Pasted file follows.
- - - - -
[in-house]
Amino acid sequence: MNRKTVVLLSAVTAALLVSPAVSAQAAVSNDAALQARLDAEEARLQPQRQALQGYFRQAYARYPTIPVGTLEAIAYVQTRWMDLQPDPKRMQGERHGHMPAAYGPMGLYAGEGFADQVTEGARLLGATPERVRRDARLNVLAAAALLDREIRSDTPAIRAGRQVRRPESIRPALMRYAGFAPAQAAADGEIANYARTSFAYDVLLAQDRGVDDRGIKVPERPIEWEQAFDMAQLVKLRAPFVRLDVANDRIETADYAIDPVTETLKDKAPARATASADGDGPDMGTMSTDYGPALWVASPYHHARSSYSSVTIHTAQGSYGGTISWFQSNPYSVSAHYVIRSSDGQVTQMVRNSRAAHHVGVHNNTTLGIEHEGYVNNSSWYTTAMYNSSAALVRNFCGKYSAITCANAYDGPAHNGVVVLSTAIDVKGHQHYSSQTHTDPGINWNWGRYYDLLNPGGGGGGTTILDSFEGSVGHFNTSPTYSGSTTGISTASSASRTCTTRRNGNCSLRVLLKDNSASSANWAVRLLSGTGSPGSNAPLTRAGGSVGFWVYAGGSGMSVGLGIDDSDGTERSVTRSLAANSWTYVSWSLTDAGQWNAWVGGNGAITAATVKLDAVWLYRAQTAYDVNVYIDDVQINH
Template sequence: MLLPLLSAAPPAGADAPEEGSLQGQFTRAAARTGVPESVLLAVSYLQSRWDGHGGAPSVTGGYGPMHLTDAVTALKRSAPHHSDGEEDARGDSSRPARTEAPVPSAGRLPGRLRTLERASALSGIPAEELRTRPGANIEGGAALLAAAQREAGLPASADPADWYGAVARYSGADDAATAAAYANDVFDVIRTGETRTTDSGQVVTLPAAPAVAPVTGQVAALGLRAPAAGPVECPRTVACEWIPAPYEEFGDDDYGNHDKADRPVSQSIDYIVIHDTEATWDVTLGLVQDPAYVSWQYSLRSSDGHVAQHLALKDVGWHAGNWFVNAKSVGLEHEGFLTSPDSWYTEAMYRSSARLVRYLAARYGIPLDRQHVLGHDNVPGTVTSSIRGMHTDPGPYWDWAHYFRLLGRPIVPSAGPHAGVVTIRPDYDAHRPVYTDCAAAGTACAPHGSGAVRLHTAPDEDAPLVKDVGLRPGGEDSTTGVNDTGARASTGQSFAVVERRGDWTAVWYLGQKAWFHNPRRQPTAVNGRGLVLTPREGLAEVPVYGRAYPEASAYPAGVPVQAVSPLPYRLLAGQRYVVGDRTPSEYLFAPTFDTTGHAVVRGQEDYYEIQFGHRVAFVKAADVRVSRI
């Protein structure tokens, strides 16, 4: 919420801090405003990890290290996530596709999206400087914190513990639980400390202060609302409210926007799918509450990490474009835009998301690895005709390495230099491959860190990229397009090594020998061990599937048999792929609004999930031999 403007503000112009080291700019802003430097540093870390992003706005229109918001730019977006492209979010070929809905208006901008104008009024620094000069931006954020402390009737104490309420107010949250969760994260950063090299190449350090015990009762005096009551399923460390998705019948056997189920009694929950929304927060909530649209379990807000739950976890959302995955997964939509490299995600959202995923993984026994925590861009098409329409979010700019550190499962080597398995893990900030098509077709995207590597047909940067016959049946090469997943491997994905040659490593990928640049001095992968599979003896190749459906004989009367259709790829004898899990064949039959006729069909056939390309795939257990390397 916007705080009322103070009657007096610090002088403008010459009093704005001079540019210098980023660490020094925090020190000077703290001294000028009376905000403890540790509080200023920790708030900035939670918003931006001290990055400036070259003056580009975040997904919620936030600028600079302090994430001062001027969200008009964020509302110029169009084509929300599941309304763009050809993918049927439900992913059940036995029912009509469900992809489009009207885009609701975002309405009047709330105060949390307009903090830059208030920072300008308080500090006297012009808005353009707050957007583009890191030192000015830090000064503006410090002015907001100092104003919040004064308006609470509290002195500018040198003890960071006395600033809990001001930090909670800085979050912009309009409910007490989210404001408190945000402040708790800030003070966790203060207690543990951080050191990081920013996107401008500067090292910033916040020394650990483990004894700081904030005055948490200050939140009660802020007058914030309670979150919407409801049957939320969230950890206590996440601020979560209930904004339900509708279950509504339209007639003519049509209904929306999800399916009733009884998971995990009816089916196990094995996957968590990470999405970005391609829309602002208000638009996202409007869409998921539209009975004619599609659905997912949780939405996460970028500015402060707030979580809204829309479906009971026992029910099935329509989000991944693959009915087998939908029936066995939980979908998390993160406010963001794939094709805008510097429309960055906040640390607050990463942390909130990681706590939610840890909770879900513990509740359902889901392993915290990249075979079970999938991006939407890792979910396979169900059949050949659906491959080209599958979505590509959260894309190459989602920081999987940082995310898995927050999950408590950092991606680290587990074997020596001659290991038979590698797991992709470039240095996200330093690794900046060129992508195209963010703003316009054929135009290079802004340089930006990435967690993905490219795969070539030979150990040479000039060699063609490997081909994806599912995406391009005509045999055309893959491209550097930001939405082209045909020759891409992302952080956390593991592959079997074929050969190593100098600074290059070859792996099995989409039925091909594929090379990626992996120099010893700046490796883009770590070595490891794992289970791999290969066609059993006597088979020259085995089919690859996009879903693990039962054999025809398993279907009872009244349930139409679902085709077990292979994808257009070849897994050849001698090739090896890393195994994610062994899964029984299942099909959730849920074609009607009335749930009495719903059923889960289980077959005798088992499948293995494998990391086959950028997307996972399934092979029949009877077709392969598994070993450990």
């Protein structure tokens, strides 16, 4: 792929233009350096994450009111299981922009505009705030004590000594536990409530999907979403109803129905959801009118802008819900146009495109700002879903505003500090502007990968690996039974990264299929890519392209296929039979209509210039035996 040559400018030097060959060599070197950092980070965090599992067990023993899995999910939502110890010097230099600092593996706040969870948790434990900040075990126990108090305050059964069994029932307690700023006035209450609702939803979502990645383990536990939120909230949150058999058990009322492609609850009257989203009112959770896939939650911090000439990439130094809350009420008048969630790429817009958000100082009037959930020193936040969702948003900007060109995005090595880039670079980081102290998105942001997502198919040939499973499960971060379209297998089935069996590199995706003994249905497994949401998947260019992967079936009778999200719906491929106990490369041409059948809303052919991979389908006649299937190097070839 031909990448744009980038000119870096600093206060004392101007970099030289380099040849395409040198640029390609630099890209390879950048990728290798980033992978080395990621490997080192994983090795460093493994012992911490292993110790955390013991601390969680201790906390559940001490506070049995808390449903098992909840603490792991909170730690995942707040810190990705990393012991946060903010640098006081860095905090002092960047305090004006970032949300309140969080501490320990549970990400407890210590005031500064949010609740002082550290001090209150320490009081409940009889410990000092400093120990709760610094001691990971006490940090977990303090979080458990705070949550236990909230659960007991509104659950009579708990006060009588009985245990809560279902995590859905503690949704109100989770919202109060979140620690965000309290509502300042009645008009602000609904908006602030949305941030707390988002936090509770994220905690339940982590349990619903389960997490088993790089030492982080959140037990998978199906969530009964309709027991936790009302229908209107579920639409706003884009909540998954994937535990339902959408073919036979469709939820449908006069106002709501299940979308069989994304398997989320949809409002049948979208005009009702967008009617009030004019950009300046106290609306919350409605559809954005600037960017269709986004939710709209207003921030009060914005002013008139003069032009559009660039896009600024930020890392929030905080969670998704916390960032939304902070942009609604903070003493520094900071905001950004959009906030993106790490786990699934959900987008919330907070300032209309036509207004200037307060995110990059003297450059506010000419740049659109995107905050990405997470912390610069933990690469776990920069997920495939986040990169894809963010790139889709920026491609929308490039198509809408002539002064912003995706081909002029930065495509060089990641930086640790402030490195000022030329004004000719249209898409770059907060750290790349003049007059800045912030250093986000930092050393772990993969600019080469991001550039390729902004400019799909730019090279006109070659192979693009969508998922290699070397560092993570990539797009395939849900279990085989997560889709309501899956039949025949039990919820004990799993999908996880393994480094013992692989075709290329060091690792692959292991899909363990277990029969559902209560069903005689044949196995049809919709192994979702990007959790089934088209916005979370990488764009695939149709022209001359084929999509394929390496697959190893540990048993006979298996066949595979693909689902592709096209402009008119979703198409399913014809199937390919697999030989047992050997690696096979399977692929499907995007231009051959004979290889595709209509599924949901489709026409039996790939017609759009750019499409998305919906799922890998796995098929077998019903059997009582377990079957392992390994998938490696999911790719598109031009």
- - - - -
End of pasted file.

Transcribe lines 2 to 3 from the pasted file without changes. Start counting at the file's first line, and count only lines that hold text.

Amino acid sequence: MNRKTVVLLSAVTAALLVSPAVSAQAAVSNDAALQARLDAEEARLQPQRQALQGYFRQAYARYPTIPVGTLEAIAYVQTRWMDLQPDPKRMQGERHGHMPAAYGPMGLYAGEGFADQVTEGARLLGATPERVRRDARLNVLAAAALLDREIRSDTPAIRAGRQVRRPESIRPALMRYAGFAPAQAAADGEIANYARTSFAYDVLLAQDRGVDDRGIKVPERPIEWEQAFDMAQLVKLRAPFVRLDVANDRIETADYAIDPVTETLKDKAPARATASADGDGPDMGTMSTDYGPALWVASPYHHARSSYSSVTIHTAQGSYGGTISWFQSNPYSVSAHYVIRSSDGQVTQMVRNSRAAHHVGVHNNTTLGIEHEGYVNNSSWYTTAMYNSSAALVRNFCGKYSAITCANAYDGPAHNGVVVLSTAIDVKGHQHYSSQTHTDPGINWNWGRYYDLLNPGGGGGGTTILDSFEGSVGHFNTSPTYSGSTTGISTASSASRTCTTRRNGNCSLRVLLKDNSASSANWAVRLLSGTGSPGSNAPLTRAGGSVGFWVYAGGSGMSVGLGIDDSDGTERSVTRSLAANSWTYVSWSLTDAGQWNAWVGGNGAITAATVKLDAVWLYRAQTAYDVNVYIDDVQINH
Template sequence: MLLPLLSAAPPAGADAPEEGSLQGQFTRAAARTGVPESVLLAVSYLQSRWDGHGGAPSVTGGYGPMHLTDAVTALKRSAPHHSDGEEDARGDSSRPARTEAPVPSAGRLPGRLRTLERASALSGIPAEELRTRPGANIEGGAALLAAAQREAGLPASADPADWYGAVARYSGADDAATAAAYANDVFDVIRTGETRTTDSGQVVTLPAAPAVAPVTGQVAALGLRAPAAGPVECPRTVACEWIPAPYEEFGDDDYGNHDKADRPVSQSIDYIVIHDTEATWDVTLGLVQDPAYVSWQYSLRSSDGHVAQHLALKDVGWHAGNWFVNAKSVGLEHEGFLTSPDSWYTEAMYRSSARLVRYLAARYGIPLDRQHVLGHDNVPGTVTSSIRGMHTDPGPYWDWAHYFRLLGRPIVPSAGPHAGVVTIRPDYDAHRPVYTDCAAAGTACAPHGSGAVRLHTAPDEDAPLVKDVGLRPGGEDSTTGVNDTGARASTGQSFAVVERRGDWTAVWYLGQKAWFHNPRRQPTAVNGRGLVLTPREGLAEVPVYGRAYPEASAYPAGVPVQAVSPLPYRLLAGQRYVVGDRTPSEYLFAPTFDTTGHAVVRGQEDYYEIQFGHRVAFVKAADVRVSRI